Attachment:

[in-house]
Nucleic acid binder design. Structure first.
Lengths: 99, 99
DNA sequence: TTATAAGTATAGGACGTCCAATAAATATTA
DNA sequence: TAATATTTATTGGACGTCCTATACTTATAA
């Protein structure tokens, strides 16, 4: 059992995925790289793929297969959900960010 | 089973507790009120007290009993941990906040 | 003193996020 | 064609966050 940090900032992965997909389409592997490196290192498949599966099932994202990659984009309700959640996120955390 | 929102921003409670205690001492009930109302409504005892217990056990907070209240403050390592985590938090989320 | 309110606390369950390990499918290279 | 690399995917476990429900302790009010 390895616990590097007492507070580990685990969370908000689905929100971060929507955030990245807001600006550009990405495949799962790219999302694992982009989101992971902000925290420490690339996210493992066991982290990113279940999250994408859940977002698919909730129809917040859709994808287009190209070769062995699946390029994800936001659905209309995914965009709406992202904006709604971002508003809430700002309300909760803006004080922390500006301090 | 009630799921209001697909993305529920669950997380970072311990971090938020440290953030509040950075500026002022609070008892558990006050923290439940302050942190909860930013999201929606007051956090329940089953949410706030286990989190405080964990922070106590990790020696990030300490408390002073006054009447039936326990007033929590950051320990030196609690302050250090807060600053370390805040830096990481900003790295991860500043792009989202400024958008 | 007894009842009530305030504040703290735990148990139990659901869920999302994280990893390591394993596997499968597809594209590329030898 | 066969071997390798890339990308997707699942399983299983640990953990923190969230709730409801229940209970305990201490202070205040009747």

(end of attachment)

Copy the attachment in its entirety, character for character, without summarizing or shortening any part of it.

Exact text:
[in-house]
Nucleic acid binder design. Structure first.
Lengths: 99, 99
DNA sequence: TTATAAGTATAGGACGTCCAATAAATATTA
DNA sequence: TAATATTTATTGGACGTCCTATACTTATAA
């Protein structure tokens, strides 16, 4: 059992995925790289793929297969959900960010 | 089973507790009120007290009993941990906040 | 003193996020 | 064609966050 940090900032992965997909389409592997490196290192498949599966099932994202990659984009309700959640996120955390 | 929102921003409670205690001492009930109302409504005892217990056990907070209240403050390592985590938090989320 | 309110606390369950390990499918290279 | 690399995917476990429900302790009010 390895616990590097007492507070580990685990969370908000689905929100971060929507955030990245807001600006550009990405495949799962790219999302694992982009989101992971902000925290420490690339996210493992066991982290990113279940999250994408859940977002698919909730129809917040859709994808287009190209070769062995699946390029994800936001659905209309995914965009709406992202904006709604971002508003809430700002309300909760803006004080922390500006301090 | 009630799921209001697909993305529920669950997380970072311990971090938020440290953030509040950075500026002022609070008892558990006050923290439940302050942190909860930013999201929606007051956090329940089953949410706030286990989190405080964990922070106590990790020696990030300490408390002073006054009447039936326990007033929590950051320990030196609690302050250090807060600053370390805040830096990481900003790295991860500043792009989202400024958008 | 007894009842009530305030504040703290735990148990139990659901869920999302994280990893390591394993596997499968597809594209590329030898 | 066969071997390798890339990308997707699942399983299983640990953990923190969230709730409801229940209970305990201490202070205040009747």